(The Washington Times newspaper) The words “never again” ring hollow as the city of Aleppo, Syria, has fallen to regime forces of Bashar al-Assad. A brutal siege that has ground on for years was finally brought to a bloody end by a surge of Russian airpower, Iranian shock troops and assorted regional militia fighters. As we eulogize the dead of Aleppo, we must acknowledge the United States’ complicity in this tragedy.
President Obama speaks of the need to “bear witness” to injustice. He did little else for Aleppo. To what have we borne witness? To the use of smart bombs to target women and children, hospitals and bakeries, aid warehouses and humanitarian convoys. To the development and popularization of barrel bombs oil drums packed with shrapnel and explosives, dropped indiscriminately from aircraft to kill and maim as many civilians as possible. To the tactic of follow-on airstrikes designed to kill rescue workers, such as the intrepid White Helmets, who rush to the scene of an attack to save the innocent.
And now to the busloads of refugees pouring out of Aleppo and the tens of thousands left behind to the tender mercies of the Assad regime and its Russian and Iranian allies.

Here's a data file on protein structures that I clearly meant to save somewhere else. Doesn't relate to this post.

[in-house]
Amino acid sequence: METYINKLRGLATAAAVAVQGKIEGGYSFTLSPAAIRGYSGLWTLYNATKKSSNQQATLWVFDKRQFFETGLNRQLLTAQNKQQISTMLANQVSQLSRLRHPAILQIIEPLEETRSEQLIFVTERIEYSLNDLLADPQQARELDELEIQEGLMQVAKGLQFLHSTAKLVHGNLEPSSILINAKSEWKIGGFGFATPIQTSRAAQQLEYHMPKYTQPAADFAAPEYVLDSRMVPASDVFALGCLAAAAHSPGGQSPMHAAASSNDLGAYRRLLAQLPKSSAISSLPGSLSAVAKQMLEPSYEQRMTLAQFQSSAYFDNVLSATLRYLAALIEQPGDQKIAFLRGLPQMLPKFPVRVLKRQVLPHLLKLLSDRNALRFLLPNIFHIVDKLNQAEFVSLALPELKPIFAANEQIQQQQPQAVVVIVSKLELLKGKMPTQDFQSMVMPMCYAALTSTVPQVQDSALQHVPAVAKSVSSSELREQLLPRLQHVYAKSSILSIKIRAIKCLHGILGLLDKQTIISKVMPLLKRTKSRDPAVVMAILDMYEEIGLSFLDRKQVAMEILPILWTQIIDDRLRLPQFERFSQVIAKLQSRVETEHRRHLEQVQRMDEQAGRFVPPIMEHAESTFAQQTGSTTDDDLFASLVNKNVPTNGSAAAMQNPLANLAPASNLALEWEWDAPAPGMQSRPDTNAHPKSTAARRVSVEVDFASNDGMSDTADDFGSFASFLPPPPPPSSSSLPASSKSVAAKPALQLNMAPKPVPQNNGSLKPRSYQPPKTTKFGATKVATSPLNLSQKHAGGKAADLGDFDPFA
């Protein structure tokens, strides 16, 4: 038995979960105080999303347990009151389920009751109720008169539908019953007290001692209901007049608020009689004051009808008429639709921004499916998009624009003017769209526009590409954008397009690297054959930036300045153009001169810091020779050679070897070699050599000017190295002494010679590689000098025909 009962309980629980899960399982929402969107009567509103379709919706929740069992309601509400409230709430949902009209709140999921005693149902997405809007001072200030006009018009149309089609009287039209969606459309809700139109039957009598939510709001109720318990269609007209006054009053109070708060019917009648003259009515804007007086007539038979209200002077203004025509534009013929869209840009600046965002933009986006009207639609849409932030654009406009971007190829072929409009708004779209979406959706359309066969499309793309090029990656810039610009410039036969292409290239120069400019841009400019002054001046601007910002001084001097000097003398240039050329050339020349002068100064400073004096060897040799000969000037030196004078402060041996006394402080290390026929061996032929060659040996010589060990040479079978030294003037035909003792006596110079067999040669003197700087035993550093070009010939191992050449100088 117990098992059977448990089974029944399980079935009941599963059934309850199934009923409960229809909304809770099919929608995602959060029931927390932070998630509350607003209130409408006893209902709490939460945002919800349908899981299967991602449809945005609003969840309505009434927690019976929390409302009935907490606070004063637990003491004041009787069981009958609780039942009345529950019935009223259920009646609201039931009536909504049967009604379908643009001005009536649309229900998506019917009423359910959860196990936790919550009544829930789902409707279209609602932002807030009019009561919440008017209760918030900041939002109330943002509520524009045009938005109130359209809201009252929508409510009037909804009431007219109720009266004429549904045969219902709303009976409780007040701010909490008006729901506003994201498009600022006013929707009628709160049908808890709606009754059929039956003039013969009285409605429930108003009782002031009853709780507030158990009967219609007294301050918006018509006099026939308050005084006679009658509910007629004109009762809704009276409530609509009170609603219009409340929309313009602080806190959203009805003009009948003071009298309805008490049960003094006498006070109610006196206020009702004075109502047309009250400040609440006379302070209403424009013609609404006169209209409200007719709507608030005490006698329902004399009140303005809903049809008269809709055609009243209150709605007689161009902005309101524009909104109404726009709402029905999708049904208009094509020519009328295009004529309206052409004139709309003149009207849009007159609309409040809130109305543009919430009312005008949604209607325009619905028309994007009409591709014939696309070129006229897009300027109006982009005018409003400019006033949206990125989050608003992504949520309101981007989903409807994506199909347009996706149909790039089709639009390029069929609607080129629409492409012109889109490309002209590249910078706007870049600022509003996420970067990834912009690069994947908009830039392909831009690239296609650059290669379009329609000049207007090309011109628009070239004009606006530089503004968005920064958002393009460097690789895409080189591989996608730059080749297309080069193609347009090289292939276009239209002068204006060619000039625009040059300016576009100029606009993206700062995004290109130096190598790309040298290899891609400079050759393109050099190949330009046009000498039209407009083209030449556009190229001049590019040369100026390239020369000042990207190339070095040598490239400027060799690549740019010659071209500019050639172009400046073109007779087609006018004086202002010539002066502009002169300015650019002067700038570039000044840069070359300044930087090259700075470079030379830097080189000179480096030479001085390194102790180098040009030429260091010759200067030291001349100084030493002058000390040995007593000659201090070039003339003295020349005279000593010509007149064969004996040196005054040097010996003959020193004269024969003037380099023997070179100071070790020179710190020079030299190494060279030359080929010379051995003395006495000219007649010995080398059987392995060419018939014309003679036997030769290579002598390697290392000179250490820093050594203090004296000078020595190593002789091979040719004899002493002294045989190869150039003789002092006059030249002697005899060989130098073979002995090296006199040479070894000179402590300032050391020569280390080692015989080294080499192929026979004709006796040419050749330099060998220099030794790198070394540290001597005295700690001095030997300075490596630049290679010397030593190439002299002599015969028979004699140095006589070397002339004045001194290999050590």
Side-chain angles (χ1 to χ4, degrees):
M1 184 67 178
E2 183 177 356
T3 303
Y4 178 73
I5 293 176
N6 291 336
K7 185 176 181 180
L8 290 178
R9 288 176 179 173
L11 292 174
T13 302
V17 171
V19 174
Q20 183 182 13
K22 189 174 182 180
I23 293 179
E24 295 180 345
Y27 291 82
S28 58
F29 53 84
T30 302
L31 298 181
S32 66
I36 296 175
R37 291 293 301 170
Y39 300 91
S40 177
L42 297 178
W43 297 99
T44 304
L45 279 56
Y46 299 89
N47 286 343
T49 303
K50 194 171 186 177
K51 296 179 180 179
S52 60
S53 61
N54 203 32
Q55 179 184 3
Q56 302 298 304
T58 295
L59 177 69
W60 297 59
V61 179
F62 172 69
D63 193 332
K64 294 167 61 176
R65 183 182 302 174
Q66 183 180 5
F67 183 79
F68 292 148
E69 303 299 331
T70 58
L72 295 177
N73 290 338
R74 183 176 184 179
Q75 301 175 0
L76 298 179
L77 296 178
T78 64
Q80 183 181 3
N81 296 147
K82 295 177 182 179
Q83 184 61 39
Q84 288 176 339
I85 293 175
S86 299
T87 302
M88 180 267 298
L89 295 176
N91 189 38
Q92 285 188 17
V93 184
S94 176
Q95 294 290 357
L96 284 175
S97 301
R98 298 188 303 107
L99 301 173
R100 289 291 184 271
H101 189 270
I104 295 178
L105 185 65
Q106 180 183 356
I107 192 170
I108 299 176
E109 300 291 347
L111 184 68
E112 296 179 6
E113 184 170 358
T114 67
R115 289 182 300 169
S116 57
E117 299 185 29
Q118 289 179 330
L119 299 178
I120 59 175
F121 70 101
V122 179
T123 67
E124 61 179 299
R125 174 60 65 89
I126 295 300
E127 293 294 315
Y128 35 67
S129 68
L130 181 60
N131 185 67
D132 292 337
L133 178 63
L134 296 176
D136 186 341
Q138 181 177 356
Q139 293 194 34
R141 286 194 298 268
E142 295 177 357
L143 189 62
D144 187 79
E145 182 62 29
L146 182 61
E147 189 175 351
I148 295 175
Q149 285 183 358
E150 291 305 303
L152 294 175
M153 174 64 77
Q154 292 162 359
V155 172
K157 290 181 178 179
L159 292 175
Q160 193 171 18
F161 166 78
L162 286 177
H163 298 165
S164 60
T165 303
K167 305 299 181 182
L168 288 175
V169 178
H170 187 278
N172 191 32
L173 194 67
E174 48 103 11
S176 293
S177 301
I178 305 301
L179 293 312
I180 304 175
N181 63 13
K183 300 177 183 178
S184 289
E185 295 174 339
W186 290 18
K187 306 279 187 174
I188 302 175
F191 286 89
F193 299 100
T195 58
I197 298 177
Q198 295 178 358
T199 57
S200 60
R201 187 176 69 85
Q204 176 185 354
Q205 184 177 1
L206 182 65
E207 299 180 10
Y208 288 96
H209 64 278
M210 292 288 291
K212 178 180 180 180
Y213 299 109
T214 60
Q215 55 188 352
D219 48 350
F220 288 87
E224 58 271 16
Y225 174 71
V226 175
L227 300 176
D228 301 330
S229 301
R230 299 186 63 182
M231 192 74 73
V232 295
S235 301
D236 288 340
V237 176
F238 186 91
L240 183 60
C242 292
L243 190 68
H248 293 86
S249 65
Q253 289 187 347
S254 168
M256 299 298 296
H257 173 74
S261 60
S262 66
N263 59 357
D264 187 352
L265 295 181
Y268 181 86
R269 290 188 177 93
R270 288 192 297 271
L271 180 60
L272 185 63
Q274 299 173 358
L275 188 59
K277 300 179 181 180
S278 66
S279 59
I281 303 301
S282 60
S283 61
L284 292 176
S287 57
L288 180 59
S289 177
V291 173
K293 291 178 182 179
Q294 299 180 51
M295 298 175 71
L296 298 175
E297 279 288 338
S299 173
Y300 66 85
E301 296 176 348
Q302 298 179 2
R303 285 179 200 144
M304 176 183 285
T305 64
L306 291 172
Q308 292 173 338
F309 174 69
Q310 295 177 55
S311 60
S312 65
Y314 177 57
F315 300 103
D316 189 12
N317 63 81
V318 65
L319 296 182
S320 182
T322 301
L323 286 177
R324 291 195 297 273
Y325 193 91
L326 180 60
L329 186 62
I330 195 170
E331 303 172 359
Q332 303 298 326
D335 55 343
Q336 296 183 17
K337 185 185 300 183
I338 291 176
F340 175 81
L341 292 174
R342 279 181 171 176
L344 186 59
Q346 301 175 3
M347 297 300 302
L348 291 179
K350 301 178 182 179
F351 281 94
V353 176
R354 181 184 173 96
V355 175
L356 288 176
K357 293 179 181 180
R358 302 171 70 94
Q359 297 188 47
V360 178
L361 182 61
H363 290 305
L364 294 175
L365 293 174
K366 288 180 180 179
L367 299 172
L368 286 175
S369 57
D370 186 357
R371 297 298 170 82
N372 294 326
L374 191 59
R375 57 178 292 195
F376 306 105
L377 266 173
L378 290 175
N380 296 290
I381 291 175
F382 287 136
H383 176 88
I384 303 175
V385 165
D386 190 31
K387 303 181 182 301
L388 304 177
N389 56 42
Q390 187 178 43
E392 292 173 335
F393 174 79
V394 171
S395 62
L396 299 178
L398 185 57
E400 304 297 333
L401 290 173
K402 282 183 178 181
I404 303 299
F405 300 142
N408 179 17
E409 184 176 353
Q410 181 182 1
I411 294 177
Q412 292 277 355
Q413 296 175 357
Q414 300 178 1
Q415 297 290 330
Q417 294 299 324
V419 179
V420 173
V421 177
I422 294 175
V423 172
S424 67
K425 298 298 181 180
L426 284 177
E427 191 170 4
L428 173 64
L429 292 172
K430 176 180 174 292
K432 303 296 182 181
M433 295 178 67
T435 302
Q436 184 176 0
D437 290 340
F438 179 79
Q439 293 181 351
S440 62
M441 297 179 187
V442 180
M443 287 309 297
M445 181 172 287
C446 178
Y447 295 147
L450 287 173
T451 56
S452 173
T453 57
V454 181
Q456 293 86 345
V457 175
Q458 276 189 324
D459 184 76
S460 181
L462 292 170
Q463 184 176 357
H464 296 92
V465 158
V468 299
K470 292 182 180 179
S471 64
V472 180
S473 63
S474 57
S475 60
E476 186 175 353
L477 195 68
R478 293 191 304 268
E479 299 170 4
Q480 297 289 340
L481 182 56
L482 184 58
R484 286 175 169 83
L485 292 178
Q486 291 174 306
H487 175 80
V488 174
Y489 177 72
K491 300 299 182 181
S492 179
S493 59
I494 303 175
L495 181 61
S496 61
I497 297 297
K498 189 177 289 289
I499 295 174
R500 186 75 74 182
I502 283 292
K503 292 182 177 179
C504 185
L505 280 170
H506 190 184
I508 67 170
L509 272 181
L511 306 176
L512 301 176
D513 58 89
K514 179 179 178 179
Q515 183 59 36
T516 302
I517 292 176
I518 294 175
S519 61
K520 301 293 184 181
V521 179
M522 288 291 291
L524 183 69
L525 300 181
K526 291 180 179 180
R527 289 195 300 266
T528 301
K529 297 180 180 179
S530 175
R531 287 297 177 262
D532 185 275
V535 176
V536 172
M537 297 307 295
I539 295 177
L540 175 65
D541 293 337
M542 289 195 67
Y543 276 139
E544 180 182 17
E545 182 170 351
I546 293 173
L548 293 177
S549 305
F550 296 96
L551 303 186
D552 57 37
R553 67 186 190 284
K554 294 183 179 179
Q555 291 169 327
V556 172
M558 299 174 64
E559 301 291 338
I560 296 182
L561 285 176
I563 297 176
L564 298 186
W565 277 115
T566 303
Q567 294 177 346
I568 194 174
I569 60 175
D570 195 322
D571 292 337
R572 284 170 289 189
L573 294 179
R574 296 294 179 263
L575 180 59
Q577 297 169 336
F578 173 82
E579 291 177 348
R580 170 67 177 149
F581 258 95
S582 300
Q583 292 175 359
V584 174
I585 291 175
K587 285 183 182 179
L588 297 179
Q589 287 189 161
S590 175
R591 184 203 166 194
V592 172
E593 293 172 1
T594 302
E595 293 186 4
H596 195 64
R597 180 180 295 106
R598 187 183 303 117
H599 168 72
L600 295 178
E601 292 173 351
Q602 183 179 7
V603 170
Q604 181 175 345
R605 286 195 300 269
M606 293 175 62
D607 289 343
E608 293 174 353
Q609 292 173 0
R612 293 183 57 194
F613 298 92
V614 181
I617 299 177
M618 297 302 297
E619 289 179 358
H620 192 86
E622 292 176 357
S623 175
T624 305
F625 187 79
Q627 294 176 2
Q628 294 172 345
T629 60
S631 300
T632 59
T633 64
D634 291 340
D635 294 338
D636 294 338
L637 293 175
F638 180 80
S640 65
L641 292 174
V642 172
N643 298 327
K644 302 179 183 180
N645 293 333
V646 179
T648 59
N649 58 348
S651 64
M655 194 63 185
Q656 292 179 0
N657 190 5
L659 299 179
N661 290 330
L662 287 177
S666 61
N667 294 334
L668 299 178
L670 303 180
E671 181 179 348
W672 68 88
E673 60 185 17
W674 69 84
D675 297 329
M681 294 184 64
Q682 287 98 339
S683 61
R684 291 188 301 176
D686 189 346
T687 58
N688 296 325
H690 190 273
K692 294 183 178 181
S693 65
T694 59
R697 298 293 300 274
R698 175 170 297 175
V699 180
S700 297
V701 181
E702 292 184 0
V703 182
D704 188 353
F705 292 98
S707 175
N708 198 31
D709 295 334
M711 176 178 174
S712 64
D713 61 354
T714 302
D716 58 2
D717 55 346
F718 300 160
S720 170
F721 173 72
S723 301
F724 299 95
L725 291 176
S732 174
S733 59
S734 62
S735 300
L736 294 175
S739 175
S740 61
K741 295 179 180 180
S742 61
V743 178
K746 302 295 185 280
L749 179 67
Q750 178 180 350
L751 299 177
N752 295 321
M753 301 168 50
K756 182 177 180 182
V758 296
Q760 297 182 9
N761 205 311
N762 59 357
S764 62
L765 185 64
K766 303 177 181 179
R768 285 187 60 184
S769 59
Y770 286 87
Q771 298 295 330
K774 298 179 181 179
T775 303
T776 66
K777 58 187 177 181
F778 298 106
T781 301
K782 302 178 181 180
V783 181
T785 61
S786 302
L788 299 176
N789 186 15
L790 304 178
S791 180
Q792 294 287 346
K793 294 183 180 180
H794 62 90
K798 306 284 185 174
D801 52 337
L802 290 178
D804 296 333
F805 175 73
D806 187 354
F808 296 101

Obama has borne witness to all of this, and more, and done nothing to stop it.
As with past atrocities, Aleppo’s destruction inspired much high-minded talk and the illusion of action. Endless meetings in the gilded palaces of Geneva and Vienna and elsewhere. Red lines drawn and transgressed with no consequences. Statements like this: “Should we really accept the notion that the world is powerless in the face of a Rwanda, or Srebrenica?” the president asked the U.N. General Assembly in 2013. “If that’s the world that people want to live in, they should say so, and reckon with the cold logic of mass graves.”
That reckoning is now upon us. The mass graves are before us, and the name Aleppo will echo through history, like Srebrenica and Rwanda, as a testament to our moral failure and everlasting shame. Even in a conflict that has killed nearly 500,000 people, driven half of Syria’s population from their homes, created the worst refugee crisis in Europe since World War II and spawned the terrorist army of ISIS even amid all this horror and depravity, Aleppo stands out.
Aleppo may be lost, but the war in Syria is far from over. It will likely get worse as the Assad regime, Iran, Russia, Turkey, the Kurds, the Gulf states and others intensify their fighting over what is left of Syria’s carcass.